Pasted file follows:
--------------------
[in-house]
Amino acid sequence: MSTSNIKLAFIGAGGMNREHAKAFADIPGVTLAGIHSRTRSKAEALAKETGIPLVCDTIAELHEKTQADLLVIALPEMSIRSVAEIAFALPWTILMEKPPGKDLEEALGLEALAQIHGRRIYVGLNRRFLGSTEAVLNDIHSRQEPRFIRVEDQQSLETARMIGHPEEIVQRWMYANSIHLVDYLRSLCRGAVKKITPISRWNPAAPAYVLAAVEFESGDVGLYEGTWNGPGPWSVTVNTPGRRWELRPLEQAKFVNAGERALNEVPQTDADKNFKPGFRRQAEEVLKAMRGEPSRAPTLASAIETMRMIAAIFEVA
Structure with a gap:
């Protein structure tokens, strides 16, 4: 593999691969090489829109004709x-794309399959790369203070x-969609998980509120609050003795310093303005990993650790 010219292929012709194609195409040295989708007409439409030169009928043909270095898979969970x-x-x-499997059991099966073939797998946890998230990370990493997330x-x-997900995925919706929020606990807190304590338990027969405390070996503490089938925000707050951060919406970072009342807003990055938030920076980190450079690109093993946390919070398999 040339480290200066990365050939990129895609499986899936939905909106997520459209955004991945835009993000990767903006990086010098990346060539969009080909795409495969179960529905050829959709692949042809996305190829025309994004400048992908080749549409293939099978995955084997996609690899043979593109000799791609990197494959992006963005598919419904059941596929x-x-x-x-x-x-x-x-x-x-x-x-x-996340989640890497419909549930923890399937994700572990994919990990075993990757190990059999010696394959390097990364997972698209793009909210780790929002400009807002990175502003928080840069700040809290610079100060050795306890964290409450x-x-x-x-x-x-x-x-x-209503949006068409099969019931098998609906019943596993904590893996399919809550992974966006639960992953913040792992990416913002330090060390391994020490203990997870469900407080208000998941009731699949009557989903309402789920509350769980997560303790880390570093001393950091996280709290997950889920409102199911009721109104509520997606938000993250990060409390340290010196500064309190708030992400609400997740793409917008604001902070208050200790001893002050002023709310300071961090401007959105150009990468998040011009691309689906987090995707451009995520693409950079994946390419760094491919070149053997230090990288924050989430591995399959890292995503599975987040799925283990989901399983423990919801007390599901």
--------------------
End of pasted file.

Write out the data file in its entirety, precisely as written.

[in-house]
Amino acid sequence: MSTSNIKLAFIGAGGMNREHAKAFADIPGVTLAGIHSRTRSKAEALAKETGIPLVCDTIAELHEKTQADLLVIALPEMSIRSVAEIAFALPWTILMEKPPGKDLEEALGLEALAQIHGRRIYVGLNRRFLGSTEAVLNDIHSRQEPRFIRVEDQQSLETARMIGHPEEIVQRWMYANSIHLVDYLRSLCRGAVKKITPISRWNPAAPAYVLAAVEFESGDVGLYEGTWNGPGPWSVTVNTPGRRWELRPLEQAKFVNAGERALNEVPQTDADKNFKPGFRRQAEEVLKAMRGEPSRAPTLASAIETMRMIAAIFEVA
Structure with a gap:
């Protein structure tokens, strides 16, 4: 593999691969090489829109004709x-794309399959790369203070x-969609998980509120609050003795310093303005990993650790 010219292929012709194609195409040295989708007409439409030169009928043909270095898979969970x-x-x-499997059991099966073939797998946890998230990370990493997330x-x-997900995925919706929020606990807190304590338990027969405390070996503490089938925000707050951060919406970072009342807003990055938030920076980190450079690109093993946390919070398999 040339480290200066990365050939990129895609499986899936939905909106997520459209955004991945835009993000990767903006990086010098990346060539969009080909795409495969179960529905050829959709692949042809996305190829025309994004400048992908080749549409293939099978995955084997996609690899043979593109000799791609990197494959992006963005598919419904059941596929x-x-x-x-x-x-x-x-x-x-x-x-x-996340989640890497419909549930923890399937994700572990994919990990075993990757190990059999010696394959390097990364997972698209793009909210780790929002400009807002990175502003928080840069700040809290610079100060050795306890964290409450x-x-x-x-x-x-x-x-x-209503949006068409099969019931098998609906019943596993904590893996399919809550992974966006639960992953913040792992990416913002330090060390391994020490203990997870469900407080208000998941009731699949009557989903309402789920509350769980997560303790880390570093001393950091996280709290997950889920409102199911009721109104509520997606938000993250990060409390340290010196500064309190708030992400609400997740793409917008604001902070208050200790001893002050002023709310300071961090401007959105150009990468998040011009691309689906987090995707451009995520693409950079994946390419760094491919070149053997230090990288924050989430591995399959890292995503599975987040799925283990989901399983423990919801007390599901």